“Teaching in such a manner promotes social or political activism against the white people, promotes racial resentment, and advocates ethnic solidarity, instead of treating pupils as individuals,” Kowal wrote. He cited a lesson that taught students that the historic treatment of Mexican-Americans was “marked by the use of force, fraud and exploitation,” and a parent’s complaint that one of her daughters, who was white, was shunned by Latino classmates after a government course was taught “in an extremely biased manner.”

So to sum up, it is “extremely biased” to teach critical viewpoints of the oppression, displacement and systematic discrimination that Mexicans and other groups have encountered throughout U.S. history. Read the rest of this entry →

With Anti-Immigrant Law, Alabama Is Again Ground Zero for Civil Rights

5:08 pm in Uncategorized by Michelle Chen

Arizona immigration protest (Creative Commons/SEIU International)

Cross-posted from In These Times

It’s not often that human rights and business profits line up on the same side of a political debate, but Alabama is a special place. The Cotton State was not only ground zero for some of the worst abuses under Jim Crow; it was also the flashpoint for early struggles that fused economic empowerment with civil rights, including the Montgomery Bus Boycott. Today, Alabama is once again a focal point for racial and class struggles, ignited by an anti-immigrant law that tests our definitions of economic citizenship in a world of fluid borders.

The law, HB 56, mirrors many of the “copycat” anti-immigrant bills that have gone viral in state legislatures from Arizona to Indiana. It would impose onerous identification requirements that encourage police to arrest and detain anyone who couldn’t present the right papers. Although some of the harsher provisions were blocked by a federal court earlier this year, the legislation (signed into law in June) still threatens to further demonize immigrants and to crystallize the racist ideology driving a two-tier economy, where the privileges of the elite are subsidized by the vicious exploitation of the 99 percent.

Sadly, if the law were only a matter of shamelessly scapegoating a group of vulnerable newcomers, the law might face considerably less opposition. But the debate reveals a convoluted class-based political calculus: employers contend that draconian anti-immigrant policies could cripple the economy.

They do have a point: Getting rid of the state’s undocumented population—2.5 percent of the state, according to the Center for American Progress–wouldn’t translate into more jobs for native-born workers or immigrants with green cards. It would likely shred the already-impoverished state’s balance sheet: Read the rest of this entry →

Activists Enter Detention and Emerge Inspired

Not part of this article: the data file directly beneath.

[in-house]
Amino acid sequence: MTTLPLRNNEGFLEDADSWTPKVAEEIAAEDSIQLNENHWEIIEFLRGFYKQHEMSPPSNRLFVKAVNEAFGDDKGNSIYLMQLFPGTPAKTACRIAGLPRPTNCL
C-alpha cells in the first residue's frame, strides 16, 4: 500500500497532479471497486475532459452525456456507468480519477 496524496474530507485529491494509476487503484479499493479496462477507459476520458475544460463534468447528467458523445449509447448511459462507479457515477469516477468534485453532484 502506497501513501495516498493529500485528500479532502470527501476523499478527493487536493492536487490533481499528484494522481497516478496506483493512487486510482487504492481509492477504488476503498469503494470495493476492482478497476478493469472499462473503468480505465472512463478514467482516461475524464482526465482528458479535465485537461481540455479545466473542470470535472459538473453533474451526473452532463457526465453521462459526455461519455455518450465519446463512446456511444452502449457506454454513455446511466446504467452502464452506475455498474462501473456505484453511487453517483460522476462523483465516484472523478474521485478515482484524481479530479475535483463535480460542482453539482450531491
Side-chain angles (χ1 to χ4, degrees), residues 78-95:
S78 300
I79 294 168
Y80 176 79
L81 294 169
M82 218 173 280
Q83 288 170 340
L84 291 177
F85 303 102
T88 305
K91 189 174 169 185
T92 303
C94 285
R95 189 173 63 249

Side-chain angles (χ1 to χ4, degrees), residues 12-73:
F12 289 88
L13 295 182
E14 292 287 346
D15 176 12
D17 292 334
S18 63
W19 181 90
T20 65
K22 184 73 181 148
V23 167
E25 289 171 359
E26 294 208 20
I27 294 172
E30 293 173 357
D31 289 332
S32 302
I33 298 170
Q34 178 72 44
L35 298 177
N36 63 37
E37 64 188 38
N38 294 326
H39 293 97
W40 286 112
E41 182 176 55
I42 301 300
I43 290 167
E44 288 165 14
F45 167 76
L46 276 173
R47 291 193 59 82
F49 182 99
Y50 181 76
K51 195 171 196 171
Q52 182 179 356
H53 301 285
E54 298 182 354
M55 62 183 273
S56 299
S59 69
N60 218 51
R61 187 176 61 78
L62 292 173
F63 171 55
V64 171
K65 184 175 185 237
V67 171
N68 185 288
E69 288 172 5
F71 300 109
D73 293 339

1:59 pm in Uncategorized by Michelle Chen

Irene Vasquez, Andrea Ortega, Jonathan Perez, and Isaac Barrera in Albuquerque. (Image: Chicano Hispano Mexicano Studies at UNM)

Cross-posted from CultureStrike, a new project that fuses immigrant struggles and the arts.

The Occupy movements mushrooming around the country have displayed the power of collective action when people organize and take to the streets. But alongside street protests, other more subtle uprisings are also exposing the hypocrisy of the political establishment from within. In Louisiana, undocumented youth have subjected themselves to the immigration gauntlet to expose struggles that countless immigrants face every day, trapped in a detention system that deprives them of basic due process rights. Their direct action coincided with the legal battle against draconian state laws that have emerged in recent months aiming to expand the profiling and detention of immigrants.

Their journey is documented on video by Arts of Aztlan.

On the xicana-ostudies blog of the Chicano Hispano Mexicano Studies program at the University of New Mexico, program director Irene Vásquez  and Levi Romero, New Mexico State Centennial Poet and Research Scholar, report on the youth’s experiences and their reflections on their ordeal:

Two undocumented student activists from California, Isaac Barrera, 20, and Jonathan Pérez, 24, took the journey of their lives and landed in a Louisiana detention facility to draw attention to the disparate treatment immigrants face in the United States.  The two undocumented human rights activists visited Albuquerque, New Mexico on their way back to California.  They attended the December 3, 2011, New Mexico Dreamers in Action State Congress.  Isaac and Jonathan shared with undocumented youth at the Congress the reasons why they took the risk of being placed in a Louisiana ICE (Immigration and Customs Enforcement) detention facility.  On that same day, Isaac and Jonathan participated in interviews with Daniel Sonnis of Arts of Aztlan from Albuquerque, and Levi Romero and Irene Vásquez, faculty members in the Chicano Hispano Mexicano Studies at the University of New Mexico. Read the rest of this entry →